It's also been AFA's intention to conclude the compressed calendar issue this academic year. Last month, this matter was discussed at the AFA Executive Council meeting. After reviewing the departments' input and upon my recommendation, the Council has decided to no longer pursue the implementation of a compressed academic calendar at SRJC. The AFA negotiations team also discussed the matter with the District negotiations team, and the District team concurred.

On behalf of all faculty, I wish to express our appreciation for all of our colleagues who served on the various committees during the consideration of the compressed calendar option. In particular, I would like to recognize Janet McCulloch whose idea began the process in 2009 and who, as CCNTF co-chair, produced the final report in 2013; and Mary Pierce, who agreed to chair the original Senate/AFA Task Force, provided expert guidance to the early process, and produced a large part of the initial research. Thank you both.

An account of the Compressed Calendar proceedings over the past four years is available at

Also on the Negotiations Table. . .

Due Process. AFA continues its attempt to engage the District in a timely negotiation of a faculty due-process contract article. This negotiation has stretched on for nearly three years now. Despite this glacial pace of progress, the AFA team hopes to wrap up discussions this semester.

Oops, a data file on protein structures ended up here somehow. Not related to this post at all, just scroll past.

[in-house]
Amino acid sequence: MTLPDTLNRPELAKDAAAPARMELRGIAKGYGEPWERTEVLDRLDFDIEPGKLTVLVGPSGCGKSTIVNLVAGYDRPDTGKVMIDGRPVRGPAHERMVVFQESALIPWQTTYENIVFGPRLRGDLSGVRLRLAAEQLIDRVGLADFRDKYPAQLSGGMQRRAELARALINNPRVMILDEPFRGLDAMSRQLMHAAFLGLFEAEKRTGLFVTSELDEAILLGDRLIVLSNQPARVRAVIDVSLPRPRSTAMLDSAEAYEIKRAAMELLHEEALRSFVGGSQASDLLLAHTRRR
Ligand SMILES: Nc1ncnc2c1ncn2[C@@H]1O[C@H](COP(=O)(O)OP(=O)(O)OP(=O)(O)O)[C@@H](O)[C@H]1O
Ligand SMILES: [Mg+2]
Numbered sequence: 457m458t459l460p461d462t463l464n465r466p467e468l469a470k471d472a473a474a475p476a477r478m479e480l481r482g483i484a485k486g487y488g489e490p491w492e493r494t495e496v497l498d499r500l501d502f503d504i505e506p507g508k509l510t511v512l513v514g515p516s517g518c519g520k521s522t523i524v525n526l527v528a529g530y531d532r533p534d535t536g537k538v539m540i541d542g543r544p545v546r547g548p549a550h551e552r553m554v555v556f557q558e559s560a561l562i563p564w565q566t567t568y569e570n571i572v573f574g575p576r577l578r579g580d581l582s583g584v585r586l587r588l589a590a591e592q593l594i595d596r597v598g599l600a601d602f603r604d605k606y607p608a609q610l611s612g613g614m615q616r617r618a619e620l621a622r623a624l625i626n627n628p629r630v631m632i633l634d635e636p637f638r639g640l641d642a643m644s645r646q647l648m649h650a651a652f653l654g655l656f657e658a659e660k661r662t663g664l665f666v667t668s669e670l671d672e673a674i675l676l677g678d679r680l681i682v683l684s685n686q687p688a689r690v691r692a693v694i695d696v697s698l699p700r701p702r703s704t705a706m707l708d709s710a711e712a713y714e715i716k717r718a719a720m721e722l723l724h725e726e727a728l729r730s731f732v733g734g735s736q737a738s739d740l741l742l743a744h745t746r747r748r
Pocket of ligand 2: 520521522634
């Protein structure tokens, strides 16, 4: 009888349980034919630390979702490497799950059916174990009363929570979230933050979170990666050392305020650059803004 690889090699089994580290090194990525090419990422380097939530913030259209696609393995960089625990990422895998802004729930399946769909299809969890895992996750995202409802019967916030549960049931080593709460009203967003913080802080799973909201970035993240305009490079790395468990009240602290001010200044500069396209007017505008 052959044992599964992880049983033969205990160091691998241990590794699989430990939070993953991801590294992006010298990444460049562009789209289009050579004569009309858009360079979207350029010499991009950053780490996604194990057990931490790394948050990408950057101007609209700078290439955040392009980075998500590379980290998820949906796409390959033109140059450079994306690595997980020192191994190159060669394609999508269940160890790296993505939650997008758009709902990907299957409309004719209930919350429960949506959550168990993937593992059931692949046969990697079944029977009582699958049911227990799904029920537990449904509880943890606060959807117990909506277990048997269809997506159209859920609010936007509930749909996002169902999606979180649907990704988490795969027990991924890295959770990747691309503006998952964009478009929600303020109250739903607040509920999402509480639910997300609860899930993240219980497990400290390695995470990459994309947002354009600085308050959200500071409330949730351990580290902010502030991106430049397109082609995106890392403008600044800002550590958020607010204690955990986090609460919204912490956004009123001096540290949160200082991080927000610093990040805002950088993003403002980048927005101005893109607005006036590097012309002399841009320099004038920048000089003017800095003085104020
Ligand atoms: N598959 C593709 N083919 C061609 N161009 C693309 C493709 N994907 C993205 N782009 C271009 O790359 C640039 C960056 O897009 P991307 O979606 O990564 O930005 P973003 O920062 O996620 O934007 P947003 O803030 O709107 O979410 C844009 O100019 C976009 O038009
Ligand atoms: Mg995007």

Hourly Assignments. AFA's interests in revising Article 16 are (a) protecting current reassignment rights for hourly faculty, (b) making the department assignment process simpler and more transparent, and (c) providing more security to hourly faculty. A task force team of contract and adjunct faculty, chaired by AFA President Julie Thompson, is working with the District on this revision.

Class Size. This negotiation is entering its final phase after over two years. AFA has interests in defining a transparent method for determining maximum class size and in providing fair compensation and support for faculty in large and medium-large lecture assignments.

Chairs and Coordinators. AFA and the District agreed to revise the job duties for both chairs and faculty coordinators and to place language into Article 13 of the Contract on determining reassigned time for these positions.

Lab and Online Workload. AFA and the District are working on compensation for lab courses that require significant preparation and assessment and working on accessibility support for online instructors.

As negotiations progress this year, you will be receiving more updates. Feel free contact the AFA office or email me directly ( if you have comments or questions on negotiation issues.